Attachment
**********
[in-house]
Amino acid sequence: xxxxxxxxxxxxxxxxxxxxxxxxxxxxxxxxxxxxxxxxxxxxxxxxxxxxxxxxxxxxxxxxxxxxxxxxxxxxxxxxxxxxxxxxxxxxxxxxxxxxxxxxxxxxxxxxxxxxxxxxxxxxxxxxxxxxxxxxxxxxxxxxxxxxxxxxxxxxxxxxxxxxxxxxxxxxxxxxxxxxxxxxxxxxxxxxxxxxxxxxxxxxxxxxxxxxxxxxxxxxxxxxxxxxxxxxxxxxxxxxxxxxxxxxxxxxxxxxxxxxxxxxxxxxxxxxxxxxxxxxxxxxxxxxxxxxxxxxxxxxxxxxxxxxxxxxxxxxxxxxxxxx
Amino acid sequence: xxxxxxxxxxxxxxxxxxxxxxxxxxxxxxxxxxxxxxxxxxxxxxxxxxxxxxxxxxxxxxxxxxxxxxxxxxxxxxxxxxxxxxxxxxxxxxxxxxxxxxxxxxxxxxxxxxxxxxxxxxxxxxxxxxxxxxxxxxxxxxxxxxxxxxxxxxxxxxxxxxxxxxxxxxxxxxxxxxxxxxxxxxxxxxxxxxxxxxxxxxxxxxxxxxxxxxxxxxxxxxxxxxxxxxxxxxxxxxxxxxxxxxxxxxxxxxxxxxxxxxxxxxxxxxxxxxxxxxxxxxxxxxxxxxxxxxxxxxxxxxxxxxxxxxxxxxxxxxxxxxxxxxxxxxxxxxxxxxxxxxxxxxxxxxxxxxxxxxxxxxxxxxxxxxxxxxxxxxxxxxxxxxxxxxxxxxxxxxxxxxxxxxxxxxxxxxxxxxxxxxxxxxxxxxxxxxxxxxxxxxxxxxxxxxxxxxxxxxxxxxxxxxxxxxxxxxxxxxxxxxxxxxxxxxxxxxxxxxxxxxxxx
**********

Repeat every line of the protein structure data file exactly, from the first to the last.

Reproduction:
[in-house]
Amino acid sequence: xxxxxxxxxxxxxxxxxxxxxxxxxxxxxxxxxxxxxxxxxxxxxxxxxxxxxxxxxxxxxxxxxxxxxxxxxxxxxxxxxxxxxxxxxxxxxxxxxxxxxxxxxxxxxxxxxxxxxxxxxxxxxxxxxxxxxxxxxxxxxxxxxxxxxxxxxxxxxxxxxxxxxxxxxxxxxxxxxxxxxxxxxxxxxxxxxxxxxxxxxxxxxxxxxxxxxxxxxxxxxxxxxxxxxxxxxxxxxxxxxxxxxxxxxxxxxxxxxxxxxxxxxxxxxxxxxxxxxxxxxxxxxxxxxxxxxxxxxxxxxxxxxxxxxxxxxxxxxxxxxxxx
Amino acid sequence: xxxxxxxxxxxxxxxxxxxxxxxxxxxxxxxxxxxxxxxxxxxxxxxxxxxxxxxxxxxxxxxxxxxxxxxxxxxxxxxxxxxxxxxxxxxxxxxxxxxxxxxxxxxxxxxxxxxxxxxxxxxxxxxxxxxxxxxxxxxxxxxxxxxxxxxxxxxxxxxxxxxxxxxxxxxxxxxxxxxxxxxxxxxxxxxxxxxxxxxxxxxxxxxxxxxxxxxxxxxxxxxxxxxxxxxxxxxxxxxxxxxxxxxxxxxxxxxxxxxxxxxxxxxxxxxxxxxxxxxxxxxxxxxxxxxxxxxxxxxxxxxxxxxxxxxxxxxxxxxxxxxxxxxxxxxxxxxxxxxxxxxxxxxxxxxxxxxxxxxxxxxxxxxxxxxxxxxxxxxxxxxxxxxxxxxxxxxxxxxxxxxxxxxxxxxxxxxxxxxxxxxxxxxxxxxxxxxxxxxxxxxxxxxxxxxxxxxxxxxxxxxxxxxxxxxxxxxxxxxxxxxxxxxxxxxxxxxxxxxxxxxxx